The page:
On War and Choice

It has long been said that there are wars of necessity and wars of choice. But enemies always adapt, especially in our world of terrorists, failing states and delinquent regimes. Every war is a war of choice.

Issue: May-June 2010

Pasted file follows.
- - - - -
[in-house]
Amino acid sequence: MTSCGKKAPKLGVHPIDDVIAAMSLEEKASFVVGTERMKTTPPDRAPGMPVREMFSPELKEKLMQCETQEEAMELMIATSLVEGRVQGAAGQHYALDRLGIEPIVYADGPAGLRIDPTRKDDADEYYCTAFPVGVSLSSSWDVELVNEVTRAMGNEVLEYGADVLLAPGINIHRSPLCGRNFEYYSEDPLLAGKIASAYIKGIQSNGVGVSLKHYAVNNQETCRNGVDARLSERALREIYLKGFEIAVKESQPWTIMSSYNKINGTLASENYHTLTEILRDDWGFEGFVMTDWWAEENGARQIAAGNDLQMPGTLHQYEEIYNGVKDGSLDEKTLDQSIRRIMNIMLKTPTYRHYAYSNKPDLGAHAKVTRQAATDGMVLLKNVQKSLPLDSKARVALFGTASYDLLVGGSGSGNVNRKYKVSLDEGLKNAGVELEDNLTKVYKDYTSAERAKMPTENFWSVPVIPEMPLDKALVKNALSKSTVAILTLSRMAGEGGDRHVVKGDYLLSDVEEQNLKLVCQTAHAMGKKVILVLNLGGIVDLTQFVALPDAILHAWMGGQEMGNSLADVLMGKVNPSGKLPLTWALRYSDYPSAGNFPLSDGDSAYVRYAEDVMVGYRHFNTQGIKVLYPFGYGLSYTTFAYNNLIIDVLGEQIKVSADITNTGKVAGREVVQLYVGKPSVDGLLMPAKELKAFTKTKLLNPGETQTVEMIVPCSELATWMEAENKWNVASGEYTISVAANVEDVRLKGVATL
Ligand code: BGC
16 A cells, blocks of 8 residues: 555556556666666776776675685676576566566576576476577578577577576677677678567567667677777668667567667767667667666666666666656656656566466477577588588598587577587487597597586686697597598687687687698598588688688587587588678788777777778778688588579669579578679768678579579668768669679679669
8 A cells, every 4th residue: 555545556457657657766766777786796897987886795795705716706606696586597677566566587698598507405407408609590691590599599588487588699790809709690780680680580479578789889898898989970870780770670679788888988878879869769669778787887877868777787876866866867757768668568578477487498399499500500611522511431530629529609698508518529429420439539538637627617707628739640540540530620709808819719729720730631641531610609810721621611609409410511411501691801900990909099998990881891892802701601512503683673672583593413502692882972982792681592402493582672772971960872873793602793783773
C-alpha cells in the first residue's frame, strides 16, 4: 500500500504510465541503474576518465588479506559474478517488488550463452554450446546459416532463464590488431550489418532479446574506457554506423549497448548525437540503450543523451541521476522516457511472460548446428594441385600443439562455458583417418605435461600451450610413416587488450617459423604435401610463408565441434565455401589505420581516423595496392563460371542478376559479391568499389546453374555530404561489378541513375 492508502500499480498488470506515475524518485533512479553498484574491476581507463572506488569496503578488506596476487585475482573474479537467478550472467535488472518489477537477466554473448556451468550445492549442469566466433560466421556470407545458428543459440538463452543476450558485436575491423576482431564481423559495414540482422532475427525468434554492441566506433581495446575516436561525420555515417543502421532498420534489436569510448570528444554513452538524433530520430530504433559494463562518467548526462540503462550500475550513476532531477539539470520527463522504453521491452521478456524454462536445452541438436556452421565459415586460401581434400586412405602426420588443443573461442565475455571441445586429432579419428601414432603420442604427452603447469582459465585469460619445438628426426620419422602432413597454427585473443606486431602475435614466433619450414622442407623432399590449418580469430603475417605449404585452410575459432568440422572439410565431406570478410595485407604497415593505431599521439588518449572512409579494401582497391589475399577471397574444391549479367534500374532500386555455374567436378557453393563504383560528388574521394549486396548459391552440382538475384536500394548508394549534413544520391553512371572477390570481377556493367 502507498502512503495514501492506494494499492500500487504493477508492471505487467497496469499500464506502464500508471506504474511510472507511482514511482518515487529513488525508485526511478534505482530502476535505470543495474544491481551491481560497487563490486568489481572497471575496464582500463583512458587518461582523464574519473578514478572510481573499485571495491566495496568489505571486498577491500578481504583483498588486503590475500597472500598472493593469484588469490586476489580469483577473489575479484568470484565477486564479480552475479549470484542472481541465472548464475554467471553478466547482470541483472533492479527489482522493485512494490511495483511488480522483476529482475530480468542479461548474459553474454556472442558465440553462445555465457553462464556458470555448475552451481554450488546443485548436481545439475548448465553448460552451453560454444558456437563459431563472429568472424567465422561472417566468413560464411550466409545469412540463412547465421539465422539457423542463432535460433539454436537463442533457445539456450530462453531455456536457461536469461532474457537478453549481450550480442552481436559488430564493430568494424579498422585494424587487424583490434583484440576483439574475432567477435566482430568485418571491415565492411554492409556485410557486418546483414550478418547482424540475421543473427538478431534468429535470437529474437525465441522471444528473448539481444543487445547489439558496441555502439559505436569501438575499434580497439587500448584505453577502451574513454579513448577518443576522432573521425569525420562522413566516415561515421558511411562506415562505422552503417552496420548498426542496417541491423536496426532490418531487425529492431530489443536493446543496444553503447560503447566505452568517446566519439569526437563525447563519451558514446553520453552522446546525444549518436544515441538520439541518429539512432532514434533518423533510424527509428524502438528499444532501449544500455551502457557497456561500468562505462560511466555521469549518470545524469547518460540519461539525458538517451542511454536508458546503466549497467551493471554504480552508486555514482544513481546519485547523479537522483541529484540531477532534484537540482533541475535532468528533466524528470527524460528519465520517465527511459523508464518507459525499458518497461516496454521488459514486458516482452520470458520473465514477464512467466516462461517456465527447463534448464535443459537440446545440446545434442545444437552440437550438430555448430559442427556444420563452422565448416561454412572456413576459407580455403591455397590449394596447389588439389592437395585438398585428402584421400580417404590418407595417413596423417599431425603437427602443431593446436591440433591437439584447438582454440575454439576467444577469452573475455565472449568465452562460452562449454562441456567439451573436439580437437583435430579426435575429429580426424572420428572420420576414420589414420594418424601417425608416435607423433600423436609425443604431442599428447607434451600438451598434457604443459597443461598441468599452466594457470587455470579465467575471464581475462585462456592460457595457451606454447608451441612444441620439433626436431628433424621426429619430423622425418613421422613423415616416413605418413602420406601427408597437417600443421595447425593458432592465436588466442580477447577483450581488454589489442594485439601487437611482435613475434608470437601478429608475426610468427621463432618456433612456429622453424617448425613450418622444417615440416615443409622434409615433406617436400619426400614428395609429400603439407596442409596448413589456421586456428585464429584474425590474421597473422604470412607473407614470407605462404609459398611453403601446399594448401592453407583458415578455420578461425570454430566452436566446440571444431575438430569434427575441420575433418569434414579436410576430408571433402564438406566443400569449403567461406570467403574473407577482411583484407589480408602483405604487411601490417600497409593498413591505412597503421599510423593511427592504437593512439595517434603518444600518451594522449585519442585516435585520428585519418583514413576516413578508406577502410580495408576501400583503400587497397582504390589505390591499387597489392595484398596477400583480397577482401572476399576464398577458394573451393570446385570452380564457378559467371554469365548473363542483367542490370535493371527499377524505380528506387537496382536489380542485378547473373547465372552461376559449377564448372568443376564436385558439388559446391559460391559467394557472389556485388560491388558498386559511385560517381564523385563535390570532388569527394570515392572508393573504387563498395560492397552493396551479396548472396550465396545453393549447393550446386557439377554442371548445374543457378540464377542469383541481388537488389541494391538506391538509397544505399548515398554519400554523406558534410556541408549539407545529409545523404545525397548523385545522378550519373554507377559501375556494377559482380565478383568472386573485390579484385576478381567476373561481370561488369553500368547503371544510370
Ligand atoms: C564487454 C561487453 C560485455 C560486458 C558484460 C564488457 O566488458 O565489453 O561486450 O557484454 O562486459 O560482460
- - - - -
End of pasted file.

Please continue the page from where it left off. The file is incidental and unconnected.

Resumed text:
WARS ARE now commonly divided into types: those of necessity and those of choice. The former are unavoidable, fought because of a threat to our basic way of life. The latter are discretionary. There is no strategic imperative. These are the wars of regime change and humanitarian intervention. The distinction implies an underlying shift in international affairs, away from basic threats to our security and toward more complex challenges. If our rivals are less likely to pick a fight with us, does that give us more latitude to pick fights with others?

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